I’ve never been one to have a perfect house. In fact, more often than not my house used to be crazy.
As moms we all face the constant threat of clutter. There are always little minions going behind us, poised to undo everything we just did. When we got pregnant with our third I finally said, “Enough is enough! I’m throwing everything away.”
That’s when I started reading The Life Changing Magic of Tidying Up.
If you’ve not read it or aren’t familiar with the KonMari method, it’s basically this: don’t organize more, have less.
Marie Kondo began her fascination with organization and tidying at a young age. She takes you through the trials and errors of tidying through her youth and, finally, brings you to her method.
It sounded pretty legit, so I began my purge. Category by category I began to let things go and little by little I realized that I had been holding on to things I didn’t even need. It’s kind of amazing what happens when you actually take a good, hard look at the crap in your back closet and think, “do I actually need this?”
Marie recommends holding each item in your hand and gauging your emotional reaction towards it. Ask yourself a simple question: does it spark joy? If the answer is no, thank it for serving you and release it.
Yeah, yeah, I know. It sounds a little crazy. Do I really need to hold a pair of pants in my hand and thank it? But there’s a method to her madness. You begin with easy things like clothes, books, kitchen items, and then graduate to the harder things like sentimental objects. The order is on purpose. By the time you’ve thanked your dictionary, tea kettle and skinny jeans and released them, you’re an old pro. When you get to sentimental objects, you’re so practiced you’re able to let them go.
I’m not all the way through getting rid of everything but I will tell you that something very interesting happens when you begin this process. When you only keep things that spark joy, you start to see joy manifest in your life. When you are so practiced in only holding on to the physical items that bring you happiness, you begin to let go of the emotional and psychological things that don’t also.
For me, emptying my closet and getting rid of the clothes I was holding on to but genuinely do not like was paradigm-shifting. My husband and I are very young parents (I’ll be 26 in April when our third baby is due) so we’ve struggled to make our way in the world while raising two small children. We’ve gone without luxuries, skipped events with friends and cut corners as much as we can to make ends meet. Thankfully, we’re in a much more stable place now than we were when we first had our oldest daughter but, in my mind, we were still struggling desperately. Hoarding clothes, shoes and jewelry I never wore made me feel more secure but I think it also put my focus on “stuff” All the stuff I didn’t or couldn’t have. It made me unhappy. It made me upset to see all the things I didn’t love hanging in my closet and knowing I couldn’t replace them with things that I did. So I resigned myself to keeping things I hated.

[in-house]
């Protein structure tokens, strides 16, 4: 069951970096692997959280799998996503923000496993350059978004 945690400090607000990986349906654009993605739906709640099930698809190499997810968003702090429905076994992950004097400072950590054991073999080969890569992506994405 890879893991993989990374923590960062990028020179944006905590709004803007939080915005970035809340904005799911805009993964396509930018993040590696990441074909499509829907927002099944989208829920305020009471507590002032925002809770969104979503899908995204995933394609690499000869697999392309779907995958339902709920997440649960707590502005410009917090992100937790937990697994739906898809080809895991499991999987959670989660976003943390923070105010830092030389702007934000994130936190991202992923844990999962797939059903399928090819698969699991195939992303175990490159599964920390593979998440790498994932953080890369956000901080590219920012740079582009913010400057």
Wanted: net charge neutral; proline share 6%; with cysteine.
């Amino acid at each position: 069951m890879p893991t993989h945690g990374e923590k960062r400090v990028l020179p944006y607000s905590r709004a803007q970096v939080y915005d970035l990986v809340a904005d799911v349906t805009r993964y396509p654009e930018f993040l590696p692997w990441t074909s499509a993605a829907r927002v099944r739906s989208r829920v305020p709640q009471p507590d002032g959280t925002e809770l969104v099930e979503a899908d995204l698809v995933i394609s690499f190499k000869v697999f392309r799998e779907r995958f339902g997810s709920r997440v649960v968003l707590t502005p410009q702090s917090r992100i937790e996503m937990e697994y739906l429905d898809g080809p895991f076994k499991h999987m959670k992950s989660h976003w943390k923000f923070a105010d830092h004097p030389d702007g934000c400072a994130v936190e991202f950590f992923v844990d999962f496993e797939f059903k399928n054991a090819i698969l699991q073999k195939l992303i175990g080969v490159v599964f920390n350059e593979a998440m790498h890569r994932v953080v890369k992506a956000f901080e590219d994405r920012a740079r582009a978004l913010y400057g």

When I filled my first bag of donation clothes, I got a rush. I ended up filling and donating seven full trash bags of clothes and shoes and it is now SO easy to get dressed at a moment’s notice and look put together because I’m not rifling through a bunch of crap that doesn’t make me happy. All the clothes I kept make me happy.
I also do less laundry because I have less and I’m not terrified for guests to come over because there isn’t a mess to clean. My kids also seem to enjoy the peaceful space I’ve been able to create.
As I evaluate and release more and more items, my mind and spirit seem lifted. When you only keep the things that spark joy, you… well, you spark joy. The physical act of ridding yourself of things you don’t love has a profound effect on you as a person.
If you’ve ever considered reading the book or perhaps you’re looking around your house like I was thinking “man, this could be so much better,” check it out. It truly is life changing magic. Couldn’t we all use a little more joy in our lives?